and countless other Differences between the two countries, a technology
Transfer has begun. In the united states, some 400 Different organizations
belong to the association for Enterprise opportunity, a network of groups
trying to Translate the grameen bank concept into american Micro-loan programs.
American jeffrey ashe worked for the u-s agency for International
development for 15 years, studying the Grameen bank and then documenting the
success of similar Programs aimed at tiny enterprises in asia, africa and
Latin america. Five years ago, mr. ashe set up his own Lending
organization -- working capital -- in boston Massachusetts. Working capital
assists small-scale Businesses in the united states, particularly in inner
City communities and declining rural areas.
"The typical self employed entrepreneur here has had an Idea. They're
working off their kitchen table or their Basement or in a small store front,
so they're pretty Isolated from each other. They, like the others, may be
Very skilled at what they're doing, but they don't have Much knowledge about
how to do business, and even in This country, with the best developed
banking system in The entire world, only one out of every ten of our
Customers has even gotten commercial credit for their Business. So the
banking sector just isn't attending This income group whatsoever."
Narr: if such entrepreneurs lack the money, jeffrey ashe says, They also
"Think about a large business. What kinds of advantages Do they have?
Well, they have support structure, like a Chamber of commerce. They have
referrals, like the old Boy network. They have business education, going to
Business school, and credit from the banks. What Working capital does is
take the same four elements, Support, networks, business knowledge and
credit and Provide it to the smallest businesses in the inner Cities."
Narr: thus far, mr. ashe says, working capital has given out
Two-thousand-200 loans without a single credit check, Collateral
requirement, or loan review process. How? By adopting another procedure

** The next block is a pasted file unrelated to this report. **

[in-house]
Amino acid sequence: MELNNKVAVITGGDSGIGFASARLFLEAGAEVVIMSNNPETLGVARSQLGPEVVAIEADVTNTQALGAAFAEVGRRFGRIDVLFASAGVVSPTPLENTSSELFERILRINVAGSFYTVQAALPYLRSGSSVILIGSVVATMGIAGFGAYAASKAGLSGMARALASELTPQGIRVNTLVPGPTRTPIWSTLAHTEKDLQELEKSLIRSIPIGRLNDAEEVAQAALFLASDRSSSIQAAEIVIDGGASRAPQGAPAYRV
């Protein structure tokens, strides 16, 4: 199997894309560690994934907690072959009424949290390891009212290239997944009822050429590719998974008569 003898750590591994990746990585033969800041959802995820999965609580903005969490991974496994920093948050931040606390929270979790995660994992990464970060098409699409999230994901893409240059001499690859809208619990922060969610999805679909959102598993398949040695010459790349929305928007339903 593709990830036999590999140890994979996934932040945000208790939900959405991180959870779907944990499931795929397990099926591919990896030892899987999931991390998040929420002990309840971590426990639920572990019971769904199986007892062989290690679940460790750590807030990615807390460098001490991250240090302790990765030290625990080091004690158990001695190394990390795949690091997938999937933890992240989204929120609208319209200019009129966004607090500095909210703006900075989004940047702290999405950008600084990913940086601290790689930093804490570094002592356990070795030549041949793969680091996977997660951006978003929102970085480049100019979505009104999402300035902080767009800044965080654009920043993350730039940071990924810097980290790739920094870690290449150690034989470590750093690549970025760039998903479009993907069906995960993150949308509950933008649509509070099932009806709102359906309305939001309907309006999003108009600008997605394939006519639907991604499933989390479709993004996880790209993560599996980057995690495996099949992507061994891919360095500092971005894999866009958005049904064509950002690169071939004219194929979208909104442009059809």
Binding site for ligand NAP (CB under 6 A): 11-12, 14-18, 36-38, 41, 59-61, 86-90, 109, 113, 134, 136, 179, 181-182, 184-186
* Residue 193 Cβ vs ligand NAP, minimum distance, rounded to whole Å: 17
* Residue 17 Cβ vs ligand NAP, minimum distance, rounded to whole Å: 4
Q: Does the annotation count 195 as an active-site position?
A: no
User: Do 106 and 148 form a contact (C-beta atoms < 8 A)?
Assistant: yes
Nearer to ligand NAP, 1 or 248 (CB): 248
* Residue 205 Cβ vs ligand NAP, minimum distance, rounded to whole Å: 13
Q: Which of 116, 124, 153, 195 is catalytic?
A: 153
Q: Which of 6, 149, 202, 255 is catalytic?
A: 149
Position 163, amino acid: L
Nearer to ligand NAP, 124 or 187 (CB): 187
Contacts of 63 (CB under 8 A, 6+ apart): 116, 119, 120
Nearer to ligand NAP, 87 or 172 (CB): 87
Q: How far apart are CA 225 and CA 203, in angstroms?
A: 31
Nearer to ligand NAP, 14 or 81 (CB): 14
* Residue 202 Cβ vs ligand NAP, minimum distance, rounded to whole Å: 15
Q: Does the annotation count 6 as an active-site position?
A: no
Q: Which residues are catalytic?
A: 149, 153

from the grameen bank. Working capital loans money not to individuals, but
Rather to groups of individuals. Peer pressure is key To the success of the
"The five or six people together in a group are Responsible for each
other's loans. In other words, if One person doesn't pay back their loan,
it's up to the Group to resolve the problem, and we freeze credit to All the
group members until the group resolves the Problem."
Narr: mr. ashe says working capital does not target the Poorest of the
poor, but rather the entrepreneurial poor -- people already involved in
income-generating Activities who lack access to financial resources.
"There's a tremendous range. Let's say a rural taxi Driver will put in a
telephone line to a local Supermarket. People will use these small loans
for Advertising. A woodworker will buy a new saw, a Seamstress a new sewing
machine, or special attachment For the machine. The amount of money for the
first loan Is only 500 dollars and this ratchets up in stages to Five
Narr: like the grameen bank, working capital's loan repayment Rate is
"We have only written off two and a half percent of the Loans we've made to
date. In other words, even though We do no credit checks and have no
collateral and many Of our clientele couldn't get even a credit card -- our
Repayment rate is better than bank rates and most low Credit card rates."
Narr: jeffrey ashe has started micro-enterprise franchises in Two
additional cities in the united states and hopes to Support as many as four
thousand micro-enterprise Businesses by the end of 1997.
Narr: the micro-enterprise concept based on the grameen bank Appears to
be thriving in the united states... but how Are the people on the
loan-receiving end doing? Voa's Paul francuch takes a look at the
experience of a woman In chicago.
Text: for 20 years, arinez gilyard (air-in-ez gil-yard) Worked for an
insurance company, gradually winning Promotions to the position of
underwriter. Ms. gilyard Had a college degree and was a single mother with
three Children who had long given thought to starting a Business of her own.
That remained but a dream while She maintained her insurance job. But then
things Changed ... and that dream suddenly became an option to Ponder.
// 1st gilyard act //
"My job was phased-out with the insurance company. Once It was
phased-out, I was left without a paycheck and Wondering, 'what am I going
to do?' So I worked (as a) Temporary (employee) for maybe two years, trying
to get It together (survive). And my twins came along -- Completely
unexpected -- and I thought, 'now I really Have to do this.' [opt] that's
really what made me Decide to go ahead and do it. And also, it made me
Realize with the loss of that job that I needed to know How to make money on
my own without having to depend Upon another company, because things aren't